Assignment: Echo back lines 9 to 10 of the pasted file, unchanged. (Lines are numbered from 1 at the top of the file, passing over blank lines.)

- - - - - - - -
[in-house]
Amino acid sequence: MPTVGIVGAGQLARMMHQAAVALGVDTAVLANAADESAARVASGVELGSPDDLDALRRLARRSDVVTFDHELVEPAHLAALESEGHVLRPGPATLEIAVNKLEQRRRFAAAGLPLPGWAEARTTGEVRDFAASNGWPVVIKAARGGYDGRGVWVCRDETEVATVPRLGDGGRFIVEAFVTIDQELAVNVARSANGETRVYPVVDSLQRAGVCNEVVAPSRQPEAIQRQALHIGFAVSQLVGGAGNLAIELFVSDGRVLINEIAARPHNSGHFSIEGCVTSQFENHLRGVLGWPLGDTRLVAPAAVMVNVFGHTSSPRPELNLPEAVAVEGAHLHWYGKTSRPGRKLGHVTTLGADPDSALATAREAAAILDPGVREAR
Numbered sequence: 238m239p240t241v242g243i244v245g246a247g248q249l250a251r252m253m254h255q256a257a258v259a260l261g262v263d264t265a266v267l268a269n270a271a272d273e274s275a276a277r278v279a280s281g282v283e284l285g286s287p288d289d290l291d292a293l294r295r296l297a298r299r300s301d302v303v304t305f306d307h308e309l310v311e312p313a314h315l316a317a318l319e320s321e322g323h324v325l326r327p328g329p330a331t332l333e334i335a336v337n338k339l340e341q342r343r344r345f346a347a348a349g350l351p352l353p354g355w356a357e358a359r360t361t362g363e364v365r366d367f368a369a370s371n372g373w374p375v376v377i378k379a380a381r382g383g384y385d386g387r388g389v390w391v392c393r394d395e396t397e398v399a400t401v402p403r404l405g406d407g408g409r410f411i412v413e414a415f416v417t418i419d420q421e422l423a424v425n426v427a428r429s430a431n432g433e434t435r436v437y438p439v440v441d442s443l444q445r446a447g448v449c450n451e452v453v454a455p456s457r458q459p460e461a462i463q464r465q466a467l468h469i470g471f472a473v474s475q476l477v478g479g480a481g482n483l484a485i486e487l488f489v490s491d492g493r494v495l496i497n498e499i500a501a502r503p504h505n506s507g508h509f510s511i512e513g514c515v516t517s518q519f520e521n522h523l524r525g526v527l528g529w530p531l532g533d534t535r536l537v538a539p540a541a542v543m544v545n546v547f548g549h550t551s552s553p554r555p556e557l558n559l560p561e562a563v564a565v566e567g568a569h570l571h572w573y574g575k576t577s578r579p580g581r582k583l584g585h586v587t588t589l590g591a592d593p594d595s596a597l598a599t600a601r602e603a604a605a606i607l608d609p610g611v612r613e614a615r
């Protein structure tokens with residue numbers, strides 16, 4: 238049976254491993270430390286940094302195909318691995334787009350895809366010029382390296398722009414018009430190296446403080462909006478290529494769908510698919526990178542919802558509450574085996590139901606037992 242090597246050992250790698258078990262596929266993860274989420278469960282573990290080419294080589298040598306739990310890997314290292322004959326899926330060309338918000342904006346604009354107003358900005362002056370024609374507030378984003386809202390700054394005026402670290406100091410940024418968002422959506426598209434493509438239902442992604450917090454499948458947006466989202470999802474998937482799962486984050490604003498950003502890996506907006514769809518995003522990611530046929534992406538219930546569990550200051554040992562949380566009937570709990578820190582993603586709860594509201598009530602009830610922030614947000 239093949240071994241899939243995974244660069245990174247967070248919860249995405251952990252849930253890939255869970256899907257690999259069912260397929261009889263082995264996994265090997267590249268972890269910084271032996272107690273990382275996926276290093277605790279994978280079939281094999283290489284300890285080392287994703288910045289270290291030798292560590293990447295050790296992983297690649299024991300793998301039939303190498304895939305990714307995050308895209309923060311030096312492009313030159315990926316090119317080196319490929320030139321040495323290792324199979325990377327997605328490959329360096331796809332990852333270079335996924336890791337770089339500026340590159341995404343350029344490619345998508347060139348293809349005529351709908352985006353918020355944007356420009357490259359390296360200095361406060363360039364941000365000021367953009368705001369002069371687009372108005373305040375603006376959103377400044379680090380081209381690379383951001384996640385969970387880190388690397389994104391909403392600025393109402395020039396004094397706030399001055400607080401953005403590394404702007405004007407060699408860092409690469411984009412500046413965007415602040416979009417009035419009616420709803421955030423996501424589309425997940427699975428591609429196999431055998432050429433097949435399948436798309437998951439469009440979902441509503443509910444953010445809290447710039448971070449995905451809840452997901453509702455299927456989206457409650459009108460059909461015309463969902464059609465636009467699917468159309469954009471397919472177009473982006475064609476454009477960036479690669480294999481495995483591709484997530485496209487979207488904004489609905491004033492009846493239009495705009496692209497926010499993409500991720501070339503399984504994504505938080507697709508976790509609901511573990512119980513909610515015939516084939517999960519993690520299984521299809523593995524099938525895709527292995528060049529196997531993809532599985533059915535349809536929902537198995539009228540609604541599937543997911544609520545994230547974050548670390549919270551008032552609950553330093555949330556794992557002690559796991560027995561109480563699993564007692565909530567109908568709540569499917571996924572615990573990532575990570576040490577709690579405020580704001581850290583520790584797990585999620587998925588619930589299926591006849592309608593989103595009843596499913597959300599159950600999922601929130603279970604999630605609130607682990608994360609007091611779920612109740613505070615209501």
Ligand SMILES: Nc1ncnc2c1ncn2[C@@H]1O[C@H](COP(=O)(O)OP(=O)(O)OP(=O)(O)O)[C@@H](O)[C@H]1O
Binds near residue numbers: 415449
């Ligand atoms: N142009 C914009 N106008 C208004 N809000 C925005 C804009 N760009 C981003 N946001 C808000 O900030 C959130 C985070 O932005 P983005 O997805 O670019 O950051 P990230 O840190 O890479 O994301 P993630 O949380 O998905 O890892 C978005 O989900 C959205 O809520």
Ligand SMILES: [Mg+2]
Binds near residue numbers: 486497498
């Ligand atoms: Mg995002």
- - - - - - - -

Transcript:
Binds near residue numbers: 486497498
């Ligand atoms: Mg995002």